eCommerce

Trending: Merchants Struggle With The (Un)Certainty Of eCommerce Sales Taxes

ecommerce tax

They say that death and taxes are the only certainties in life.  A recent Supreme Court ruling makes eCommerce taxes a certainty – but how they are computed and collected varies wildly.  Avalara President and Chief Operating Officer Amit Mathradas tells Karen Webster why its crucial to leverage technology in order to track what’s owed, and where.

The only certainties in life, the saying goes, are death and taxes.

We’ll underscore the certainty of the latter — taxes — for eCommerce firms and sales taxes, especially.

Although taxes may be certain — just how much tax is due, and where, and perhaps even when, are all variables that are far from certain.

It’s no small matter as eCommerce sales are expected to be worth as much as $659 billion in the United States, alone, next year, and as 230 million consumers shop online across dedicated marketplaces and platforms that serve third-party sellers.

Merchants, of course, want maximum torque on the top line, and yet computing and collecting taxes can be a fragmented experience, rife with consequences if they unwittingly run afoul of domestic or international laws.

The U.S., in particular, has seen a shifting tax landscape in the past several months, in the wake of the June 2018 Supreme Court decision in the case known as South Dakota vs. Wayfair.

To summarize that decision, states can tax sales by companies that do not have a physical presence within the state. And yet, tax policy remains a bit of a patch quilt.

In some states, firms are exempt until they generate $50,000 in sales within that state’s borders; in other cases (such as South Dakota), that threshold stands at $100,000.

All sorts of other considerations come into play, and may even supersede the “dollar threshold.” For example, a firm may be taxed if it has a single employee working within a particular state.

As far as collection goes, some states require online marketplaces to handle tax collection and remittance for sellers; others mandate that the sellers process the taxes.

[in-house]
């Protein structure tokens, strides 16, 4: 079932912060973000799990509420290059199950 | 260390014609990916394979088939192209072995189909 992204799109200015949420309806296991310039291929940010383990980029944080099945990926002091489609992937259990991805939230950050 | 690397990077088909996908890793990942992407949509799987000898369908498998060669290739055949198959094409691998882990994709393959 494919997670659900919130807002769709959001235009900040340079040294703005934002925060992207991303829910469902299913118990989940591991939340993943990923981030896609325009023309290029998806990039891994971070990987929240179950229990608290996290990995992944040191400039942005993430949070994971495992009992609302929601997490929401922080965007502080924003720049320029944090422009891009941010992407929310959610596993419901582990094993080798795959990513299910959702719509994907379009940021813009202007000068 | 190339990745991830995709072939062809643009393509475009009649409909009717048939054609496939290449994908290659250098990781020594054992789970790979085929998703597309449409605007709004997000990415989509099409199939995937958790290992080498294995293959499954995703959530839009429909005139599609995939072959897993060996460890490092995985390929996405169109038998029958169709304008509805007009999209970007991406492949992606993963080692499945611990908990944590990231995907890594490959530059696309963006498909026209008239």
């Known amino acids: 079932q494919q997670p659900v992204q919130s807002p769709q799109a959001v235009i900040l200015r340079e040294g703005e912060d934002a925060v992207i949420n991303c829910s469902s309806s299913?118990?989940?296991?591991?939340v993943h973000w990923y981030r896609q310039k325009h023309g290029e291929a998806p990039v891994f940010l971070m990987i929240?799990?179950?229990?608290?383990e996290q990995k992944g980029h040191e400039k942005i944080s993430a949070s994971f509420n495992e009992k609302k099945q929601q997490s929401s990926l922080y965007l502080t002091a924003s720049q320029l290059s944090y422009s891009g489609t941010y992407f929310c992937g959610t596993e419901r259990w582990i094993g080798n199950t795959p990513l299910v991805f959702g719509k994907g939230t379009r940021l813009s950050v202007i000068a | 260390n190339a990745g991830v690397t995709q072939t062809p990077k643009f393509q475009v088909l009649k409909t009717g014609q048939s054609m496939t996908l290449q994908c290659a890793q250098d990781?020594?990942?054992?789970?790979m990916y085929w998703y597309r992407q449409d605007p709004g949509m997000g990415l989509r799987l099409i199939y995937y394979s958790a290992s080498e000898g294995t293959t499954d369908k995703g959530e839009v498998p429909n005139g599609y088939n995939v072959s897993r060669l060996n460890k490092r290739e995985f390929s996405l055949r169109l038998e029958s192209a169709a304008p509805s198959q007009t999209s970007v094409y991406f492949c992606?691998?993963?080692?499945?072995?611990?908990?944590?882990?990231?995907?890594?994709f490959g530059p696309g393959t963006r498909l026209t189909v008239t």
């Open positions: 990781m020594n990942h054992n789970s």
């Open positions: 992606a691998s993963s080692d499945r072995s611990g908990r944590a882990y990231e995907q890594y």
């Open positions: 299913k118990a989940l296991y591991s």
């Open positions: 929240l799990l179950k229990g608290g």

Against that fragmented backdrop, Avalara President and Chief Operating Officer Amit Mathradas told Karen Webster that eCommerce firms, especially smaller ones, are navigating a tax collection environment that increasingly needs technology and automation to ensure compliance.

Sales taxes, as he said, have evolved from being “something that was nice to do — in many cases voluntary — to something that is now mandated, in some form or another, by all states.”

Add taxes, then, to the list of everyday operating concerns for the SMB, on top of examining online conversion rates, worrying whether payments are being settled in a timely manner and considering shipping costs.

“Now I’ve got to worry about ‘do I have the right taxes and do I have it all down to the nitty-gritty level of how is it being collected?’” he said of merchant concerns.

The critical question for an executive is whether they comply with each state and the varying tax considerations within each state.

That’s no easy task when there are 12,000 jurisdictions across the United States alone. The devil is in the details, of course.

Taxes, Local And Complex

Mathradas offered up a few anecdotes of just how complicated taxes can be — at the most local of levels.

In one case, in a town in Colorado, the tax rate differs wildly between two adjacent houses, due to jurisdiction. One house’s local sales tax rate is 9 percent, the neighbor’s is 4.5 percent. There can be a significant impact on the total cost of a $2,500 laptop bought online with those varying rates — perhaps even to the point where a shopping cart is abandoned.

Want Other Examples?

A bagel shop, depending on its location, need not levy a tax on a to-go order, but must do so if the customer opts to dine in. In some cases, ordering doughnuts can have an impact on both bottom lines (and waistlines). That’s because of a meals tax in some states where orders of more than six donuts are considered more than a single serving and therefore are not subject to tax — on the assumption that no one person could be taking on that many carbs for a meal.

In another example, spotlighted by Mathradas, states have broad leeway in when they offer tax holidays for back to school shopping. That can be critical for a smaller merchant that competes with Target or other superstores hawking school supplies (you can be sure, of course, that Target is on top of tax holidays).

Keeping track of all the details can be mind-boggling, and with a nod to his own firm’s automated sales tax solutions that integrate with hundreds of partners to track tax policy changes and automate reporting and remittance, Mathradas said that more merchants are embracing technology to keep track of what they need to do in order to calculate, collect, file and remit taxes.

Avalara also can help sellers operating on an international stage calculate duties and customs owed so they do not face the daunting prospect of absorbing returns from customers who may be charged those fees when items show up on their doorsteps.

At the seller level, awareness is prodded as their accountants are informing business owners about what needs to be done, and in other cases, the platforms across which they do business (eBay or Magento, for example) are alerting their sellers to changes.

Eventually, he said, at least some of the gray areas, where tax policy can be fluid right down to the item level — will clear up.

“There will be standardized rules and standardized practices over time,” Mathradas told Webster. “But for right now, it’s a complex world for merchants, and at least some of these challenges will never go away.”

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